I've been offline for a few days due to Comcast and other comedy of errors. One blog post which struck me tonight in my reader was this excellent piece by Mike Cope (see link at right). History is an excellent teacher to the present day and this is a fresh look at both old testement and new testement ideas.
Published by Mike Cope on November 8, 2007
The story of Obadiah begins in Genesis 25 with the birth of the twins: hairy (Esau) and heel-grabber (Jacob). Rebekah was told that two nations were in her womb — more, I think, than most women are wanting to hear. The older would serve the younger.
Fast forward to Deuteronomy (2:1-8; 23:7) and you learn that this relationship still mattered centuries later when the Israelites were about to enter the Promised Land after the exodus. The Edomites (descendents of Esau) were to be treated respectfully, because they were relatives.
This area of Edom was just south of the Dead Sea — about 70 miles north-to-south and just 15 or 20 miles east-to-west. It’s a hilly area that felt to the residents like secure protection.
One famous Edomite in the New Testament was (apparently) Herod the Great. His father, Antipater, was an Idumean, or an Edomite. Herod married into the Jewish royal family and kept the Jewish law. Ok, some of the Jewish law. He had minor lapses like the propensity for killing off family members.
Despite the warnings to treat the kinsmen Edomites well, when you move ahead many centuries later, the Edomites are roundly condemned. Check out Psalm 137, Lamentations 4, Ezekiel 25 and 35, and Jeremiah 49.
There’s something vile the Edomites did when Neduchadnezzar and the Babylonians destroyed Jerusalem. But what was that?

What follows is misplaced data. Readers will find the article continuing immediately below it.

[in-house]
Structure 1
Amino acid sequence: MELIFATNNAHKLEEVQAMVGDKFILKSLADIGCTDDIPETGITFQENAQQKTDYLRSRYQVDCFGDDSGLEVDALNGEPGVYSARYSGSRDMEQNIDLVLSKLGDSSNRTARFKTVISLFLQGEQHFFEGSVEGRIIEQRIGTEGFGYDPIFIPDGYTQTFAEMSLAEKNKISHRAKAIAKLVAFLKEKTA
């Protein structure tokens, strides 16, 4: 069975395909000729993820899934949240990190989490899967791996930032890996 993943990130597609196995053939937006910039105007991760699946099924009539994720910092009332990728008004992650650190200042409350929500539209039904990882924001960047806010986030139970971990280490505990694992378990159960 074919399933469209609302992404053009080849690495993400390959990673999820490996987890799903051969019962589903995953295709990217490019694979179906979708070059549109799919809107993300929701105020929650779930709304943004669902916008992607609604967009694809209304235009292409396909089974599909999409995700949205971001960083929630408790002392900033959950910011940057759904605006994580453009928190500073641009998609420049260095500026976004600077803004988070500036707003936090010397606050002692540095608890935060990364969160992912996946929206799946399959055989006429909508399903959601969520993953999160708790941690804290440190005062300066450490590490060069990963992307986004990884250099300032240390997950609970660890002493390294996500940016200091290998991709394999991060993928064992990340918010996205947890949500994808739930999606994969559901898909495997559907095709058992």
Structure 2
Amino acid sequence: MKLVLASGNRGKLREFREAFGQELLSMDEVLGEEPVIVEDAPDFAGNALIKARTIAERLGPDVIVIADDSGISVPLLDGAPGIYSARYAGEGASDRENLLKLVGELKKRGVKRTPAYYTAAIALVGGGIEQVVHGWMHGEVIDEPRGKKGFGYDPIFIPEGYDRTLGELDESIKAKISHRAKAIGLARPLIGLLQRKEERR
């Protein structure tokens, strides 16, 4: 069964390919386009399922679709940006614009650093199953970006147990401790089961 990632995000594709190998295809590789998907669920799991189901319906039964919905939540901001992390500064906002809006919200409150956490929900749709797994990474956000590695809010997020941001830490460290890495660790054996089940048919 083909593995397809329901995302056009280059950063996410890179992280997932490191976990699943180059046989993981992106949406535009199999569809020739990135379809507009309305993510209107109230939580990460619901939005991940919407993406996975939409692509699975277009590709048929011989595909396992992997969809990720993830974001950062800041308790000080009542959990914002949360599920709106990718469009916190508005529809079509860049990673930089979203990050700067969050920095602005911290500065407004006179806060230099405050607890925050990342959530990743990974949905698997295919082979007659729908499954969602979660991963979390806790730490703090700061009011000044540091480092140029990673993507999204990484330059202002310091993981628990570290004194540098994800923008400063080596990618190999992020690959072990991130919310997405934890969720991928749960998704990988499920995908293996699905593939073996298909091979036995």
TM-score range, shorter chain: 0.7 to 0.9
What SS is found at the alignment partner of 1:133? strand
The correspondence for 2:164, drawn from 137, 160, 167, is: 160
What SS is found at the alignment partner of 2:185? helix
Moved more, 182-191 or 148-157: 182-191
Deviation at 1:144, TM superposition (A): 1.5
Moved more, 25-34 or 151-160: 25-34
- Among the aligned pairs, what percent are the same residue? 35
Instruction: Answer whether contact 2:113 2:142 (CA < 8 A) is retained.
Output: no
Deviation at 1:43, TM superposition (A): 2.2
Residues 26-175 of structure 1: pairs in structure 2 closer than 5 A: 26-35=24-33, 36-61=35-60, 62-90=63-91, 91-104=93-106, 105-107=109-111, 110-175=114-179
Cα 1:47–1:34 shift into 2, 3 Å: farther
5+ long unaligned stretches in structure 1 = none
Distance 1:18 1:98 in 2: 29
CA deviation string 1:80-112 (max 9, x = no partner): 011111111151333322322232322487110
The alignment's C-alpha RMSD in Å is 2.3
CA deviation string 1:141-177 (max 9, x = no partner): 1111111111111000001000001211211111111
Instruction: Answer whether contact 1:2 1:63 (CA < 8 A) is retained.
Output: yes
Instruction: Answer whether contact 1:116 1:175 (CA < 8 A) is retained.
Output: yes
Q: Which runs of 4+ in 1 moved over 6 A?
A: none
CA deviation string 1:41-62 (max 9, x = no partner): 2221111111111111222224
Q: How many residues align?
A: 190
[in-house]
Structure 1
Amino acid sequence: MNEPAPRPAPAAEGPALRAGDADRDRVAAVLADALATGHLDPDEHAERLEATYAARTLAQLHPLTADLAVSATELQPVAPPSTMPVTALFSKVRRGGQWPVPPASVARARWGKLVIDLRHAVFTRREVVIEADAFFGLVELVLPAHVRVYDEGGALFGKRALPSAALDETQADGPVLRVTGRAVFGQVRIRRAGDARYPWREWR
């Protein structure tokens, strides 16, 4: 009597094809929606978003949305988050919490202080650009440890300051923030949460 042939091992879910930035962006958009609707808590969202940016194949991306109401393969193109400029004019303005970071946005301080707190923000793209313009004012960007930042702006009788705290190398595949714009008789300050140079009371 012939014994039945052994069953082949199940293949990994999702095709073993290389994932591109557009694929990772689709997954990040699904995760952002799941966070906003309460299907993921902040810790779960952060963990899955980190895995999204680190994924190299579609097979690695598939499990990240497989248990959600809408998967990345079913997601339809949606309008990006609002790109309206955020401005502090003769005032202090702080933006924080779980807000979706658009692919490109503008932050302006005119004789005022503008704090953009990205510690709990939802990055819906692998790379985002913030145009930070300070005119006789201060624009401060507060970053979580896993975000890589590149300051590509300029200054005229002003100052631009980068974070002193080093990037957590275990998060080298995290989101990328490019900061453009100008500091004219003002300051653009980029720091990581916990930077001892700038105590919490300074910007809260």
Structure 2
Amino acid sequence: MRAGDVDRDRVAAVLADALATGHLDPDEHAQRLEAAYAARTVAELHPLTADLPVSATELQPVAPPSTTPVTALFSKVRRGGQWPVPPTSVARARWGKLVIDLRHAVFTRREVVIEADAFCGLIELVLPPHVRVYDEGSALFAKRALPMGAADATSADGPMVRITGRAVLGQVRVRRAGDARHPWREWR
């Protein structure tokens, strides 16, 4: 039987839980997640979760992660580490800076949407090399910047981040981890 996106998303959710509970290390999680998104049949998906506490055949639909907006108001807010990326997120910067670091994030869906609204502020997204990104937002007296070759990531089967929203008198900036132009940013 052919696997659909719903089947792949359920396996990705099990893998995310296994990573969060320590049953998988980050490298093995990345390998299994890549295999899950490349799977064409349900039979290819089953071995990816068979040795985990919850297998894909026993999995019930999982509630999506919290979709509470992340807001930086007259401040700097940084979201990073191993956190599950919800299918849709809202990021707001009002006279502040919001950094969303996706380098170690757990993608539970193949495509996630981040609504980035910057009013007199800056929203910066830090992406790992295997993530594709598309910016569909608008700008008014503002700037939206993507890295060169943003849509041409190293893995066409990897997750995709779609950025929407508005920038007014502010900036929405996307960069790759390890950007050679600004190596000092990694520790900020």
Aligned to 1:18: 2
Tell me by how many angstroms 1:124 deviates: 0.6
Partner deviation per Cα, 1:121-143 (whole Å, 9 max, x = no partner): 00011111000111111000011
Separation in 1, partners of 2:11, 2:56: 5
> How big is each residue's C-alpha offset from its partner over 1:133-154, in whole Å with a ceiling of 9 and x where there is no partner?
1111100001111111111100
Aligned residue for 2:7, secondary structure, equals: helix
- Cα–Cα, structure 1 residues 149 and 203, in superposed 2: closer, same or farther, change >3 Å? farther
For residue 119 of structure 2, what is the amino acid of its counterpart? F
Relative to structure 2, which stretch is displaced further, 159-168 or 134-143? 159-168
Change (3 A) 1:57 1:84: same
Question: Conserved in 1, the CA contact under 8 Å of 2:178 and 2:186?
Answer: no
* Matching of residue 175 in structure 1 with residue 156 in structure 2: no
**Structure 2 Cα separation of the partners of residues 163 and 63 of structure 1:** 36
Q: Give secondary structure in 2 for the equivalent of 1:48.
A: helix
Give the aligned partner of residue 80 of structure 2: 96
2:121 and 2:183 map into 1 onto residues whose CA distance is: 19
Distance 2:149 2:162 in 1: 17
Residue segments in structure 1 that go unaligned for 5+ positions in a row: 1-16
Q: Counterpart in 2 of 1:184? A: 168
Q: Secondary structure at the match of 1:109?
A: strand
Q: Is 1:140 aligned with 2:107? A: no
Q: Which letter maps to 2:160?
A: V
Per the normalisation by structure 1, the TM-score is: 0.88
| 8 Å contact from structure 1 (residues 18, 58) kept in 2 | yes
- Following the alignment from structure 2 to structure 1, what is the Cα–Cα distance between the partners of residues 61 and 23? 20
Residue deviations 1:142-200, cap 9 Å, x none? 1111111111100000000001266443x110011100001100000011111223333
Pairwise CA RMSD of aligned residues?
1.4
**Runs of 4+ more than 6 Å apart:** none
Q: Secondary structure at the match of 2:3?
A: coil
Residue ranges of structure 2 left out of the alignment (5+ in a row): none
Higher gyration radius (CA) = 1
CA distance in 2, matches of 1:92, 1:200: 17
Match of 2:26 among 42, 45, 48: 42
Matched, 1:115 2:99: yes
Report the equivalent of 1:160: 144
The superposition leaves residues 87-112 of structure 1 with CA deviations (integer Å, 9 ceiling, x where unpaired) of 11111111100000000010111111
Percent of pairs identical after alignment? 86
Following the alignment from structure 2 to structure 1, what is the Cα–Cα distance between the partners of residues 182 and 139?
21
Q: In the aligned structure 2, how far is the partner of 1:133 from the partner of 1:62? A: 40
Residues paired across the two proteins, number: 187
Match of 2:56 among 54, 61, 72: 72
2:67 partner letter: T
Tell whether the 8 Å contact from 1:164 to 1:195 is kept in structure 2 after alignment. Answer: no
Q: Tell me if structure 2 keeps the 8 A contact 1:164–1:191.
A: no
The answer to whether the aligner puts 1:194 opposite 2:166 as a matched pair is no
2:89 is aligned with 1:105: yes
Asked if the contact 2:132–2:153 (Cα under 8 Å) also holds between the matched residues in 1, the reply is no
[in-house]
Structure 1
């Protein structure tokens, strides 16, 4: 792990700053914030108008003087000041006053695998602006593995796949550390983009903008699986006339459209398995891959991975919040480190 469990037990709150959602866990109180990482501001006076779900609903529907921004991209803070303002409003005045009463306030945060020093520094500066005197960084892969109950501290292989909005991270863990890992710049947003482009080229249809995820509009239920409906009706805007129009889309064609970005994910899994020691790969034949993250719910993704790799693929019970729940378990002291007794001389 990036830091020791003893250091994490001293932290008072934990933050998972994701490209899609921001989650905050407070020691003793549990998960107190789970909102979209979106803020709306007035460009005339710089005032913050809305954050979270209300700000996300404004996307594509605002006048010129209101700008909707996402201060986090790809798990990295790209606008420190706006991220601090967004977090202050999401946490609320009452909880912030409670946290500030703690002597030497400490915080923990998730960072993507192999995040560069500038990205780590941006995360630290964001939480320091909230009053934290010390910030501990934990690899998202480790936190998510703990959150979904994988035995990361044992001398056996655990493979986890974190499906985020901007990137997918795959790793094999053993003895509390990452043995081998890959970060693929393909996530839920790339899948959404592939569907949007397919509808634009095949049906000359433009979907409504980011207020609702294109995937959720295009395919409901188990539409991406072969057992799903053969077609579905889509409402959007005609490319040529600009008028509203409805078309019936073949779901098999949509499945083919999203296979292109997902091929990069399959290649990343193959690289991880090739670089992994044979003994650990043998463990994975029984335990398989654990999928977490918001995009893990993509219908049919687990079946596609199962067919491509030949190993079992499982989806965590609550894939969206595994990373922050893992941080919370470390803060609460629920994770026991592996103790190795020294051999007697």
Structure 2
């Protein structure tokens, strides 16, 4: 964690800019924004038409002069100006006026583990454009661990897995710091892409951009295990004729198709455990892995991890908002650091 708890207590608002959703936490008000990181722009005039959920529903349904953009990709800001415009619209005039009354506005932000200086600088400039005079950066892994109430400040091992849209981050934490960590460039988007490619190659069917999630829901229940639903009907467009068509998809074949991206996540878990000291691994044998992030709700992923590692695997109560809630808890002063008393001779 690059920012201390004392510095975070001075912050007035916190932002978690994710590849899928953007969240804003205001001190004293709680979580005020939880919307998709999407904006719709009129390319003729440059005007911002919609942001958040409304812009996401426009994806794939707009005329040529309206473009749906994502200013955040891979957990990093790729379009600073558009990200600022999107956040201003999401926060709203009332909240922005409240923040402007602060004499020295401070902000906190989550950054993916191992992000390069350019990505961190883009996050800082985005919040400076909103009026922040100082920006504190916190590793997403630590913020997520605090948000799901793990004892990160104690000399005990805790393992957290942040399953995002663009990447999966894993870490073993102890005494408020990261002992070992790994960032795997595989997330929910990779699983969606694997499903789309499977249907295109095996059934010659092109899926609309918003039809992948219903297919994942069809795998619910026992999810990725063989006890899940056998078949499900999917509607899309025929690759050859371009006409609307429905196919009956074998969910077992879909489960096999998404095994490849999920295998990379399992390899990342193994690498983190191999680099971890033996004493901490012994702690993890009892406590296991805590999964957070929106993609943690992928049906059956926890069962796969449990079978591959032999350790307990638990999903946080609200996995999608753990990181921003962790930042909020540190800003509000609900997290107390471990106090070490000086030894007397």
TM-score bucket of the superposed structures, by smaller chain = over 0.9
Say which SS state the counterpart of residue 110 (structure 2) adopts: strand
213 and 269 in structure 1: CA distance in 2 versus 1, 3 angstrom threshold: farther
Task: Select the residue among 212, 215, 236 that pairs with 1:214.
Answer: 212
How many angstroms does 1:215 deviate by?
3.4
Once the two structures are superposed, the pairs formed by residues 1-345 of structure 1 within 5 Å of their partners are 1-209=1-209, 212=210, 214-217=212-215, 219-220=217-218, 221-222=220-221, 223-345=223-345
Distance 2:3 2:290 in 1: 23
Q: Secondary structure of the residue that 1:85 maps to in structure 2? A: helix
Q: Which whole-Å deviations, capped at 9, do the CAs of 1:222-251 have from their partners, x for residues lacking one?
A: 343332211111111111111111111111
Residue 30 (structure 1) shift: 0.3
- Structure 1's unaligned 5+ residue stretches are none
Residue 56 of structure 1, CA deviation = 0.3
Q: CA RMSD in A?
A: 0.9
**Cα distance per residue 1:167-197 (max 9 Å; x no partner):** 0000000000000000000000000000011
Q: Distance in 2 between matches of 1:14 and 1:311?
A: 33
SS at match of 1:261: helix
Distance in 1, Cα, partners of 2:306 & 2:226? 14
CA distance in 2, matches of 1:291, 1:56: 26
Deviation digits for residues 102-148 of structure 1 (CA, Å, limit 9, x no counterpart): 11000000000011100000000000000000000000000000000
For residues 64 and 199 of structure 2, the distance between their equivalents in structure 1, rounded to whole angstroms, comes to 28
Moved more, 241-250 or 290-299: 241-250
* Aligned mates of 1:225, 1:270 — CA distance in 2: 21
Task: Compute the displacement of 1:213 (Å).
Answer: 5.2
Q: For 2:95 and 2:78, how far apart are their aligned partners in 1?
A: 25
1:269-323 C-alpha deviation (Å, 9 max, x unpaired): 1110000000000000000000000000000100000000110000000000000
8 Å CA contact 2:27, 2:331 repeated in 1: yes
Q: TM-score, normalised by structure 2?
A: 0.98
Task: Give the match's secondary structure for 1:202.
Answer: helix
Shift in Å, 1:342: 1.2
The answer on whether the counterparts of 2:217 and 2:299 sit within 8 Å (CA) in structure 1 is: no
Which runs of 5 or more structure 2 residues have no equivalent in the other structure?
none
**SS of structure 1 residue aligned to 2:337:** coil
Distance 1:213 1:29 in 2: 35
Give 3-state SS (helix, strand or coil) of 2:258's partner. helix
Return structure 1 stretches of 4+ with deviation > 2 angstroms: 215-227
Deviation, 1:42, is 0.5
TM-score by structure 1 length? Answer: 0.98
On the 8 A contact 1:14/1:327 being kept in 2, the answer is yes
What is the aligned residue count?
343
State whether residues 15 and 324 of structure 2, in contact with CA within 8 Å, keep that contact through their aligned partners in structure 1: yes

It’s in Obadiah that we find out.
For the most part, their sins were not sins of commission but of omission. While Jerusalem was attacked, they kept their distance from the south, up in their mountainous crags, and cheered on the defeat of Judah. They are the nanner-nanner-nanner people of the Bible.
Their central offense appears to be that they stood by when they should have stood with their relatives being attacked.
If that’s true, then could this, the shortest book in the Old Testament, be a piece of prophetic literature that has a fresh word for the church today?
It invites us to ask how we are standing by rather than standing with. Wasn’t that what offended so many religious types about Jesus? He kept stepping into the messes of the world. He refused to stand at a distance condemning.
The conflict at his home town synagogue (Luke 4:16ff) was over his examples of how God wants his people to move beyond their own safe, gated communities. His story of the Rich Man and Lazarus (Luke 16) highlights the evil of standing by while another is in need. (Note that there’s no evidence the rich man was actively doing harm. He just stood by.) When he talked of judgment (Matthew 25), the key questions weren’t about obtuse questions of doctrine but about standing by or standing with. When you see him naked, thirsty, hungry, and in prison, what is your response?
Obadiah says that the moutains of Seir would not protect the Edomites: “‘Though you soar like the eagle and make your nest among the stars, from there I will bring you down,’ declares the Lord.”
Apparently God takes this seriously. His final evaluation isn’t based on the edict: “Do no harm.” It goes beyond that: when we see Lazarus . . . when we see the person beaten along the road to Jericho . . . when we see someone hungry, hurting, or lost — what is our response?
Do we stand by? or stand with?